Peoples Water Board concerned about possibility that Cox decision opens door to water privatization

December 1, 2011

DETROIT -- Despite a long history of legal decisions to the contrary, specific language handed down in the November 4 federal consent decree by Federal Circuit Judge Sean Cox could lead to the eventual privatization of all the assets of the Detroit Water and Sewage Department (DWSD) according to members of the Detroit Peoples Water Board Coalition. 

On page eight of Cox’s ruling, the following sentence that is found on the root cause committee letter adopted by Judge Cox. 

“As a by-product of this decision, it is also clear that DWSD cannot be expected to fully comply with the Charter provisions related to Privatization (Charter Section 6-307)."

“That is very scary. That is unconstitutional. That destroys the Home Rule Charter Provision. It also effectively renders the voice of the people null and void,” said Peoples Water Board Commissioner at large Charity Hicks. “He’s effectively taken the door off the hinges to privatization the Detroit Water and Sewage Department’s Municipal Agency.”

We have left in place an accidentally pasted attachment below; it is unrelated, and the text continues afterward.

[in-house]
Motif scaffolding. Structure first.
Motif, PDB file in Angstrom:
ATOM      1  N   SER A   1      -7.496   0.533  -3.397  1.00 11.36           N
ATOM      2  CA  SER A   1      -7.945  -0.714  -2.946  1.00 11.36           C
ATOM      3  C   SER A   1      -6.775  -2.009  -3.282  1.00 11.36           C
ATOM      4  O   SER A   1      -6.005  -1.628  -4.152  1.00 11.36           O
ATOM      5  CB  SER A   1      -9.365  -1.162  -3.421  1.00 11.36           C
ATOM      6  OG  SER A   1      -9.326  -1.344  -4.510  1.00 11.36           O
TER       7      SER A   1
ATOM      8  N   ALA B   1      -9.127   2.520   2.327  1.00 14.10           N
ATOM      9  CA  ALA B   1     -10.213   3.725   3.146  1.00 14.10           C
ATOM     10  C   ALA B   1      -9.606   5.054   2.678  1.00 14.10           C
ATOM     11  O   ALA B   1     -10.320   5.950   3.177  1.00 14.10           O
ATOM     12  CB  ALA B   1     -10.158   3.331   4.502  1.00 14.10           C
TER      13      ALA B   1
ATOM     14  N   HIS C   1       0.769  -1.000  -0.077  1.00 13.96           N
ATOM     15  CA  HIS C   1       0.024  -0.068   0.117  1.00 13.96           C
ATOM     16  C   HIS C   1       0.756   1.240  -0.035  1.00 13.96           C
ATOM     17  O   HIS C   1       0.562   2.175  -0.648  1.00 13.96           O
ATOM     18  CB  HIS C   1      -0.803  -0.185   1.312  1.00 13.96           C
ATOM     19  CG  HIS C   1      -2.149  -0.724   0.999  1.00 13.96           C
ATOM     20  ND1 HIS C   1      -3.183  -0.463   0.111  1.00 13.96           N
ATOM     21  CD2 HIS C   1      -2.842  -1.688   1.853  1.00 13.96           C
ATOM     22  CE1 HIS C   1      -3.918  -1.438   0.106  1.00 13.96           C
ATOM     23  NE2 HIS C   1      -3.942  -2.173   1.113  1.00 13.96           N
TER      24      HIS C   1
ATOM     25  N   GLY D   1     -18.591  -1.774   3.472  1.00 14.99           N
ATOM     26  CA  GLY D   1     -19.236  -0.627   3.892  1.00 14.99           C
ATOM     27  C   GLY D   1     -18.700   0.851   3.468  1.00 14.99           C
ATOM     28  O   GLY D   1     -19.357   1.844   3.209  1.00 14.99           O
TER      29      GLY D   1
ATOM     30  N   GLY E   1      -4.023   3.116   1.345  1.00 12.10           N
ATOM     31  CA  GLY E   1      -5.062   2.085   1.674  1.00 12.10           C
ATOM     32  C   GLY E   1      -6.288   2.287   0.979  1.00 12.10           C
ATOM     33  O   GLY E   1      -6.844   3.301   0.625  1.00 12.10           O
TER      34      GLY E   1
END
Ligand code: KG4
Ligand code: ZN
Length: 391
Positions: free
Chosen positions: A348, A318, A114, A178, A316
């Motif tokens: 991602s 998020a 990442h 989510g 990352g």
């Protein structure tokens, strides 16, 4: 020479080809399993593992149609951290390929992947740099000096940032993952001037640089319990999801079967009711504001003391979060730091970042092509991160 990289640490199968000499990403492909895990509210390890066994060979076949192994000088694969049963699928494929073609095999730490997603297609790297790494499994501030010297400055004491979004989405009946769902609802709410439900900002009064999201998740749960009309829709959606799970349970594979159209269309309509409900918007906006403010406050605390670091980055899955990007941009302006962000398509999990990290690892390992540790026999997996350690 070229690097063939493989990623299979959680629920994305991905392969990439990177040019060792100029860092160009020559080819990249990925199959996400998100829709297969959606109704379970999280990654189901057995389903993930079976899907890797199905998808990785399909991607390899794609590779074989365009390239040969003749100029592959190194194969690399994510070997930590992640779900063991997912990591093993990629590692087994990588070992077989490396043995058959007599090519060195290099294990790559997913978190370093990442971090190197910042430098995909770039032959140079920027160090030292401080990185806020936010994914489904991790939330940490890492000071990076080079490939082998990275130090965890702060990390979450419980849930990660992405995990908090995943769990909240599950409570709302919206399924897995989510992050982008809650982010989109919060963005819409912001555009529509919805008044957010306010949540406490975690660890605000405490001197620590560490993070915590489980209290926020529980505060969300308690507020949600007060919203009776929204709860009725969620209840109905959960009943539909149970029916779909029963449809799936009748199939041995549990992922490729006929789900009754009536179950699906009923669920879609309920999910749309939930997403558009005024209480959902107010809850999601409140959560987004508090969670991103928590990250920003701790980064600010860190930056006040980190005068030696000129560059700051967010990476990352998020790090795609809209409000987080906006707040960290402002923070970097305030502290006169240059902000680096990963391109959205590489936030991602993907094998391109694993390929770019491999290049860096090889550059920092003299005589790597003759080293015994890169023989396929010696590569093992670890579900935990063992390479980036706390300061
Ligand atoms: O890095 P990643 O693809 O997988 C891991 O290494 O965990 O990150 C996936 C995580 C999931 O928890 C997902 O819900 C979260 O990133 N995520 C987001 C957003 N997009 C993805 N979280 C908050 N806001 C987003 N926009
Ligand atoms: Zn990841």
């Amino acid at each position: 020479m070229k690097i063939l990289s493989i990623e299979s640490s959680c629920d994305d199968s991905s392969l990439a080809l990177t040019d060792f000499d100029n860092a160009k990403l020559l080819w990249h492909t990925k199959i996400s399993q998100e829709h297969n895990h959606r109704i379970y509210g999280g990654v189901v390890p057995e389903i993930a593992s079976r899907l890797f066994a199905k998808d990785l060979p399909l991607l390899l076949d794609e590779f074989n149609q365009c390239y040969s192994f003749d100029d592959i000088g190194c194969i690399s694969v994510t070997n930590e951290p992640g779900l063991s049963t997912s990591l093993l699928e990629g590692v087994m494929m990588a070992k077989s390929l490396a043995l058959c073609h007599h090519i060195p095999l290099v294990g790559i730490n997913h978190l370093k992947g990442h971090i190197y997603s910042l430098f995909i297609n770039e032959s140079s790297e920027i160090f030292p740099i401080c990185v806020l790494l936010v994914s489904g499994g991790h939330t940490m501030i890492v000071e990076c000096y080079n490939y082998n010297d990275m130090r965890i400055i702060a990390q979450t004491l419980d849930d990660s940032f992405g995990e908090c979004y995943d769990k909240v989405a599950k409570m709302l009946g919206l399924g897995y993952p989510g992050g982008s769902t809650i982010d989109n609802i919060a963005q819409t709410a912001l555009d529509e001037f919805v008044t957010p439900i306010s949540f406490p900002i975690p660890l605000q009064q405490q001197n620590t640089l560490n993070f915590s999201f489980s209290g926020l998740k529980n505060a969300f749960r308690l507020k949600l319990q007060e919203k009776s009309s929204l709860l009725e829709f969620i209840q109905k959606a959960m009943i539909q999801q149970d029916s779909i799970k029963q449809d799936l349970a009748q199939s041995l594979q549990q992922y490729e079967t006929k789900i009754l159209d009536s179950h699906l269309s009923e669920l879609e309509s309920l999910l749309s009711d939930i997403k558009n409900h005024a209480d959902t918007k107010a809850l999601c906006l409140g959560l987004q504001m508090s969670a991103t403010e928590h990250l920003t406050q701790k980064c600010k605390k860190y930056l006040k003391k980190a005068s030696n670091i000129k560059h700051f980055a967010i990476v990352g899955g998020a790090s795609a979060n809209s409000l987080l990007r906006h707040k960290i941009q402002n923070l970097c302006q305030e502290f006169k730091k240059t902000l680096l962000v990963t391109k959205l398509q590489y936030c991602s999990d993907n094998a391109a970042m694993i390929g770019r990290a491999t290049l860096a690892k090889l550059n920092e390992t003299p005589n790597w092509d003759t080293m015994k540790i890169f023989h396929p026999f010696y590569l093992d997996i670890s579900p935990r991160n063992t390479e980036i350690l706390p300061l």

The DWSD Home Rule Charter has very clear and direct language that says that the assets of the municipal authority of the peoples of the city of Detroit shall not be sold or transferred without the people’s consent directly. The charter also states that the DWSD, which provides water at discounted rates to much of the greater Detroit metropolitan area,  must operate on a non-profit basis. Since the early part of the last century, special interests outside of the city have unsuccessfully sought to wrest control of the water system from the city. 

Cox’s decision appears to be a clear departure from existing case law. 

“What he’s effectively doing is creating a pathway to strike off and sale pieces of the system or the whole system in tact to private industry,” Hicks said. “What he’s doing is vacating the charter and that provision of the charter that says you can’t transfer or dispose of the people’s assets without the people’s permission.”

Cox’s decision was based off recommendations made by a root cause committee set up to look into the city’s compliance with a federal consent decree handed down in 1977 over the city’s violations of the Clean Water Act. PWB members say that instead of addressing pollution concerns, the judge along with city council members Charles Pugh and Gary Brown, who comprised the root cause committee, rendered a letter undermining the charter and attacking public unions.

Members of the Detroit Peoples Water Board
protest earlier this year
This is nothing but a back room deal between Mayor (Dave) Bing and two City Councilpersons [Charles Pugh and Gary Brown], approved in secret by a Federal Judge,” AFSCME Local 207’s attorney, George Washington told the Michigan Citizen. “It has nothing to do with ending pollution and everything to do with busting unions under the authority of a Federal Court order.”

Hicks agreed.